Journey of a PV Module

Our involvement begins during the purchase of the modules. If requested, we will optimize customer’s contract to include high standards for quality. When modules arrive to Europe, they will be temporarily stored in the warehouses where our laboratories are located, enabling testing to be performed before the transfer of ownership.

Start
  • Manufacturing

    All components that make up the PV module are assembled and encapsulated. After assembly, the PV module is tested by the manufacturer on Pmax and EL.

  • Shipping

    The PV modules are loaded and shipped in containers to major import hubs across the world.

  • Offloading

    Most PV modules that are imported to Europe will arrive in the ports of Rotterdam or Valencia. Afterwards, the containers are loaded onto trucks and taken to the warehouse.

  • Warehousing

    The pallets with PV modules are offloaded from the truck and stored in the warehouse. Unique barcodes on the pallets are registered in the warehouse management system.

  • Independent Testing

    Based on the batch size, a statistically relevant amount of modules are tested against the criteria agreed up with the customer. Based on the results, an overall pass/fail grade is given. Failed modules are rejected before they are shipped to the customer.

  • Transporting

    The pallets containing the purchased PV modules are loaded onto trucks and expedited to the designated location of the customer.

  • Installing and Commissioning

    The modules are unpacked, installed on racks and connected to the power grid.

Finish

Testing a PV Module with Spire Solar Iberia

The process of testing a PV module begins with the right sample size and quality criteria, these are determined together with the customer. Picking the correct sample size is critical due to statistical relevance – testing too few modules is tempting but leads to results that cannot be used to draw conclusions about the overall quality of the batch.

  • Determine Sample Size and Testing Criteria
    Based on the batch size, a statistically relevant amount of modules are tested against the criteria agreed up with the customer.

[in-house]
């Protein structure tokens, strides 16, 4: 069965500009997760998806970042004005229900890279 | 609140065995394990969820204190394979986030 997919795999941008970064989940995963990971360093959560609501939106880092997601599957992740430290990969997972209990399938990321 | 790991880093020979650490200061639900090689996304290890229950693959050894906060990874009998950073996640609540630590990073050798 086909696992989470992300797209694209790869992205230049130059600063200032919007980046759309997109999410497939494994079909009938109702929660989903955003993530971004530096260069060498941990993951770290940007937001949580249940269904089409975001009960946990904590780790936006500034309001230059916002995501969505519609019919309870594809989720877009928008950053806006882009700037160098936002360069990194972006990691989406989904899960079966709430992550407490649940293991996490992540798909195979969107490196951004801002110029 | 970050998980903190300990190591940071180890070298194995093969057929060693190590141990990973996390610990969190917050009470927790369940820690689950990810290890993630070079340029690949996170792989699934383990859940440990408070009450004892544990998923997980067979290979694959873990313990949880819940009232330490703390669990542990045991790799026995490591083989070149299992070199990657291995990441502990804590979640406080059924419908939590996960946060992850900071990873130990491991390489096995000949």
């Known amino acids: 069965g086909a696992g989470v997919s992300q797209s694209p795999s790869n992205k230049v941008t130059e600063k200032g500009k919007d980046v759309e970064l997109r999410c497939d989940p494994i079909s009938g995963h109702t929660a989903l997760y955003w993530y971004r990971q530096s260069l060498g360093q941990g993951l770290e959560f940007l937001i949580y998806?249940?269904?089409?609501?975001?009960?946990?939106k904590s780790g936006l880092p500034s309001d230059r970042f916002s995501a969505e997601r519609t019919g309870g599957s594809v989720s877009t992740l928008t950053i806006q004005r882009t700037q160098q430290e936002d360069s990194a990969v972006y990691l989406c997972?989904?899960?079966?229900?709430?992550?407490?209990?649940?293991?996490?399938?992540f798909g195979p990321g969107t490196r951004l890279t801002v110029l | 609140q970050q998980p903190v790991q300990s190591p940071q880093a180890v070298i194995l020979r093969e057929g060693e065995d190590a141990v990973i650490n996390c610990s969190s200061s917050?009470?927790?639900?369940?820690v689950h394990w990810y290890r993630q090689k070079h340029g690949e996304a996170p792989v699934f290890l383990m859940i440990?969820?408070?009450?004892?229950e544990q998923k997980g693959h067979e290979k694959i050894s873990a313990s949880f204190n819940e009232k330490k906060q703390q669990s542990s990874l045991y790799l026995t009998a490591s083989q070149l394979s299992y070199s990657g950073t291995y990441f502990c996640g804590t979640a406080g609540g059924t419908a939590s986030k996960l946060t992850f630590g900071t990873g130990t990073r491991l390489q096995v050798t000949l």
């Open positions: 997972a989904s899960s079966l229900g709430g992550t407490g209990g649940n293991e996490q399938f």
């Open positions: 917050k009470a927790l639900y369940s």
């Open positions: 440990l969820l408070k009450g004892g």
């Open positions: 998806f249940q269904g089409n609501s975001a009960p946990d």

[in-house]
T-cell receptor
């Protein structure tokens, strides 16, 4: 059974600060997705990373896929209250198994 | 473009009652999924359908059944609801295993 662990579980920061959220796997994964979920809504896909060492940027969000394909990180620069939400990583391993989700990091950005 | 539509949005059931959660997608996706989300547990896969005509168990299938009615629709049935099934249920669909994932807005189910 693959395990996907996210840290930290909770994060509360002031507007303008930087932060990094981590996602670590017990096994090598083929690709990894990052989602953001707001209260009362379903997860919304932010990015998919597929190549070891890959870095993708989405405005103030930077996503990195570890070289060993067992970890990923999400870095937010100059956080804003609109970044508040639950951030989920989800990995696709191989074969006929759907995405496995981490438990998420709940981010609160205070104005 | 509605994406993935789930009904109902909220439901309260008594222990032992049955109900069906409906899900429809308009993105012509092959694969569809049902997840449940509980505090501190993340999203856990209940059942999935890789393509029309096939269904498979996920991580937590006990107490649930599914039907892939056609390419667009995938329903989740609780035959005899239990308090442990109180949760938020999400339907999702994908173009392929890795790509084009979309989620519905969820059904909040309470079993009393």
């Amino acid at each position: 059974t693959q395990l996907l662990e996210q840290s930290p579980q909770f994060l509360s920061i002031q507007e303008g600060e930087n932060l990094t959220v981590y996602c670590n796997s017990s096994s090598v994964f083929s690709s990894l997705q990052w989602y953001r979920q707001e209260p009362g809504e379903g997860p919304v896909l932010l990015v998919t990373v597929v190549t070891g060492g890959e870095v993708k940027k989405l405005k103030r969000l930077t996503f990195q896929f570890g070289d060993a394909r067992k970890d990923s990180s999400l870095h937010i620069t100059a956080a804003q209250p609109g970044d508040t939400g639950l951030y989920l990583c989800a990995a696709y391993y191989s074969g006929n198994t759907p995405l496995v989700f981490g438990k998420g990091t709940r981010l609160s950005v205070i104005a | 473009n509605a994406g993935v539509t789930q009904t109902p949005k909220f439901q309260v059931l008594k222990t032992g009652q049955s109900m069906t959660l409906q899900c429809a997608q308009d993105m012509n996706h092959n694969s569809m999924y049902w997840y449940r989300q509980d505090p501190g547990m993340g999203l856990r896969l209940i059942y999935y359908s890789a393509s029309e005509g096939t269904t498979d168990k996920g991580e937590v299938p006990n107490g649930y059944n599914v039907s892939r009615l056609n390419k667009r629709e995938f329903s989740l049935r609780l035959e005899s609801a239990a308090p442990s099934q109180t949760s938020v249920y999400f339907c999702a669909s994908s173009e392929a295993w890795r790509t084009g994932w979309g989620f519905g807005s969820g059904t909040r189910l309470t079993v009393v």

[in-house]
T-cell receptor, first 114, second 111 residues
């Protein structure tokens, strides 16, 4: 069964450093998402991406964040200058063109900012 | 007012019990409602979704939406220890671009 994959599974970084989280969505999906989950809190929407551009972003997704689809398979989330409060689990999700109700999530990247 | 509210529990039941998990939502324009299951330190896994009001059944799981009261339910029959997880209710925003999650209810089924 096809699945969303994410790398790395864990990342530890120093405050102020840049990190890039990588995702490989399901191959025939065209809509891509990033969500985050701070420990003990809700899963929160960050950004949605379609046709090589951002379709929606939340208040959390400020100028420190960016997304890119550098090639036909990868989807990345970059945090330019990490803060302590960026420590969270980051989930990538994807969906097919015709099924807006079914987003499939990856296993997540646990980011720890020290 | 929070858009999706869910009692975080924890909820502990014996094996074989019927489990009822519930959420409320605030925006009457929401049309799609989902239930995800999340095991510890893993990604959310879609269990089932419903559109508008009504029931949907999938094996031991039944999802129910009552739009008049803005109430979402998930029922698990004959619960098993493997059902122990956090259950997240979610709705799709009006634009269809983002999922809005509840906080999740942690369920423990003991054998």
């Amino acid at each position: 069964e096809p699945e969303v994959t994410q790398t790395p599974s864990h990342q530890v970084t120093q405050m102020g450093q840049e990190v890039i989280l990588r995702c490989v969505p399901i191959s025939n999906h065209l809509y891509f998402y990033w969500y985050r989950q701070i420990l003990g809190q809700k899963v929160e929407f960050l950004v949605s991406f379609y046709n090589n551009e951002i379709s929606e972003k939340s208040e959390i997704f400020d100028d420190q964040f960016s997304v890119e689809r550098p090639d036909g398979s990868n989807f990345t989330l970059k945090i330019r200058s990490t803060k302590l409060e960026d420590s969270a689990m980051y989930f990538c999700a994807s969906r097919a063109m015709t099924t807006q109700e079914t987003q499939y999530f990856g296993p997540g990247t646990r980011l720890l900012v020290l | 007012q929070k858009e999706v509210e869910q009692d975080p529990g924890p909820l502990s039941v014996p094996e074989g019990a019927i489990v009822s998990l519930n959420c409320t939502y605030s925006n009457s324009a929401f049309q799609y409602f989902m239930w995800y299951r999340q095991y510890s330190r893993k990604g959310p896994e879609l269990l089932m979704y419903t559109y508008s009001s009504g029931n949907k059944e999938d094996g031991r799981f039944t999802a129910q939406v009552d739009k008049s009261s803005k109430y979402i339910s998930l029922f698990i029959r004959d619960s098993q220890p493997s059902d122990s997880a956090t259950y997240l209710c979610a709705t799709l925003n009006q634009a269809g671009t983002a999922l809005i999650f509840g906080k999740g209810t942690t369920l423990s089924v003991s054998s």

1
  • Logistics
    Pallets are moved from inside the warehouses to the laboratories for testing. If required, the modules will be shipped to the laboratories for testing.
    2
  • Condition the Modules
    Prior to testing, the modules are stabilized to standard test conditions STC (25°C ± 2°C) in the test lab for 24 hours.
    3
  • Perform IV Test
    To determine the true Pmax, the modules are flashed with the Spire 5100.
    4
  • Perform EL Test
    To assess whether the modules contain invisible defects, an EL picture is taken and reviewed for cracks and irregularities.
    5
  • Repack the Modules
    After testing, the modules are repacked in their original pallets.
    6
  • Compile a Report
    The IV and EL test results are compiled in a report, which is sent to the customer.
    7
  • Discuss the Results
    The results of the test are reviewed with the customer in a call or face-to-face in a meeting.
    8
  •  

Location, Location, Location

Spire Solar Iberia is located in two strategic ports of Europe so that any company importing PV modules to Europe can test modules before they are delivered creating a “try before you buy” scenario. This way, our customers can confirm overall quality and performance before becoming the owner (Incoterm dependent).

International Quality Standards

Spire Solar Iberia works in accordance with IEC standards, which ensures that our measurements are of the highest accuracy. IEC standards are respected and approved by PV manufacturers and customers alike.
  • IEC 61215-2-MQT 06
    This standard covers IV testing, also known as flash testing. Standard STC conditions indicate that modules must be tested between 23 and 27 degrees before measuring the IV curve, which is near impossible when testing them in the field. Therefore, it is recommended to do IV testing in a laboratory.
  • IEC 60904-13
    This standard covers the procedure for capturing EL photos.
  • ISO 2859-1
    This standard provides guidelines for the amount of modules to be tested depending on the size of the batch ordered. In addition to this, Acceptable Quality Levels are defined which can be used when determining pass/fail criteria.

Interested?

We would like to hear from you. Click below to get in contact with one of our experts.